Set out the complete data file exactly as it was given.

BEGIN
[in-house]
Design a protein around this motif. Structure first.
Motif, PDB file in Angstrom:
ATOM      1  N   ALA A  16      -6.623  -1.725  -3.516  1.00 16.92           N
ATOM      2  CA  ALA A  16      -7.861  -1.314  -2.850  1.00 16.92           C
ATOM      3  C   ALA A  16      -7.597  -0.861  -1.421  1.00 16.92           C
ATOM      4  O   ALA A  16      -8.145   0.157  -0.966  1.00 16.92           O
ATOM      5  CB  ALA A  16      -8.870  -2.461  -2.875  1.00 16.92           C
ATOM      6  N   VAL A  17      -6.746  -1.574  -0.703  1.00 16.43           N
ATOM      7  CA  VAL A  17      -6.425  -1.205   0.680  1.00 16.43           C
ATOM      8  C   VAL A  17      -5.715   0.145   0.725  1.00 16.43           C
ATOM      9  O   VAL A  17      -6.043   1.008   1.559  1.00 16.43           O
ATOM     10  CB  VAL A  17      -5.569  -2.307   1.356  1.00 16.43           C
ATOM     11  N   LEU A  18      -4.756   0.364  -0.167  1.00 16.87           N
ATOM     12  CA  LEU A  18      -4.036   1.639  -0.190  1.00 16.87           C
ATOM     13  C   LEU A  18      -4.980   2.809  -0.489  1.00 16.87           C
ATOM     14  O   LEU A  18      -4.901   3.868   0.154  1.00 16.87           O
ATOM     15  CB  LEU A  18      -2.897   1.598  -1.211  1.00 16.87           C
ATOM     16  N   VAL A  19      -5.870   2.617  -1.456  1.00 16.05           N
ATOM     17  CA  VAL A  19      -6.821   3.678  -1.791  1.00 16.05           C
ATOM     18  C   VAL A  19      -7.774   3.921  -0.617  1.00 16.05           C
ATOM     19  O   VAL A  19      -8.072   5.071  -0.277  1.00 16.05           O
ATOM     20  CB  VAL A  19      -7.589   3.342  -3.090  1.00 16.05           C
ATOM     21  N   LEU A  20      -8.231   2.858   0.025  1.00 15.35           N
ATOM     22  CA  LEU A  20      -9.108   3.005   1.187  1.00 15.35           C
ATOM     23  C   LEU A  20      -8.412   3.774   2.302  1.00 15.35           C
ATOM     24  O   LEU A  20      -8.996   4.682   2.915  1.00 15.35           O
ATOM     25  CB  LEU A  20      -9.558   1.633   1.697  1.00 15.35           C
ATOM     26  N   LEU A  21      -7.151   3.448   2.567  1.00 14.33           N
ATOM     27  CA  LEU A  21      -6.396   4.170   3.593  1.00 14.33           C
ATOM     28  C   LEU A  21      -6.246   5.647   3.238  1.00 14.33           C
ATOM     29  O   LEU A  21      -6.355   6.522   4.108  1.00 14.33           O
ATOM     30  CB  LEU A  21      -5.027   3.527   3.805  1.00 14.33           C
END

[in-house]
Design a protein around this motif. Structure first.
Motif, PDB file in Angstrom:
ATOM      1  N   ALA A  16      -6.623  -1.725  -3.516  1.00 16.92           N
ATOM      2  CA  ALA A  16      -7.861  -1.314  -2.850  1.00 16.92           C
ATOM      3  C   ALA A  16      -7.597  -0.861  -1.421  1.00 16.92           C
ATOM      4  O   ALA A  16      -8.145   0.157  -0.966  1.00 16.92           O
ATOM      5  CB  ALA A  16      -8.870  -2.461  -2.875  1.00 16.92           C
ATOM      6  N   VAL A  17      -6.746  -1.574  -0.703  1.00 16.43           N
ATOM      7  CA  VAL A  17      -6.425  -1.205   0.680  1.00 16.43           C
ATOM      8  C   VAL A  17      -5.715   0.145   0.725  1.00 16.43           C
ATOM      9  O   VAL A  17      -6.043   1.008   1.559  1.00 16.43           O
ATOM     10  CB  VAL A  17      -5.569  -2.307   1.356  1.00 16.43           C
ATOM     11  N   LEU A  18      -4.756   0.364  -0.167  1.00 16.87           N
ATOM     12  CA  LEU A  18      -4.036   1.639  -0.190  1.00 16.87           C
ATOM     13  C   LEU A  18      -4.980   2.809  -0.489  1.00 16.87           C
ATOM     14  O   LEU A  18      -4.901   3.868   0.154  1.00 16.87           O
ATOM     15  CB  LEU A  18      -2.897   1.598  -1.211  1.00 16.87           C
ATOM     16  N   VAL A  19      -5.870   2.617  -1.456  1.00 16.05           N
ATOM     17  CA  VAL A  19      -6.821   3.678  -1.791  1.00 16.05           C
ATOM     18  C   VAL A  19      -7.774   3.921  -0.617  1.00 16.05           C
ATOM     19  O   VAL A  19      -8.072   5.071  -0.277  1.00 16.05           O
ATOM     20  CB  VAL A  19      -7.589   3.342  -3.090  1.00 16.05           C
ATOM     21  N   LEU A  20      -8.231   2.858   0.025  1.00 15.35           N
ATOM     22  CA  LEU A  20      -9.108   3.005   1.187  1.00 15.35           C
ATOM     23  C   LEU A  20      -8.412   3.774   2.302  1.00 15.35           C
ATOM     24  O   LEU A  20      -8.996   4.682   2.915  1.00 15.35           O
ATOM     25  CB  LEU A  20      -9.558   1.633   1.697  1.00 15.35           C
ATOM     26  N   LEU A  21      -7.151   3.448   2.567  1.00 14.33           N
ATOM     27  CA  LEU A  21      -6.396   4.170   3.593  1.00 14.33           C
ATOM     28  C   LEU A  21      -6.246   5.647   3.238  1.00 14.33           C
ATOM     29  O   LEU A  21      -6.355   6.522   4.108  1.00 14.33           O
ATOM     30  CB  LEU A  21      -5.027   3.527   3.805  1.00 14.33           C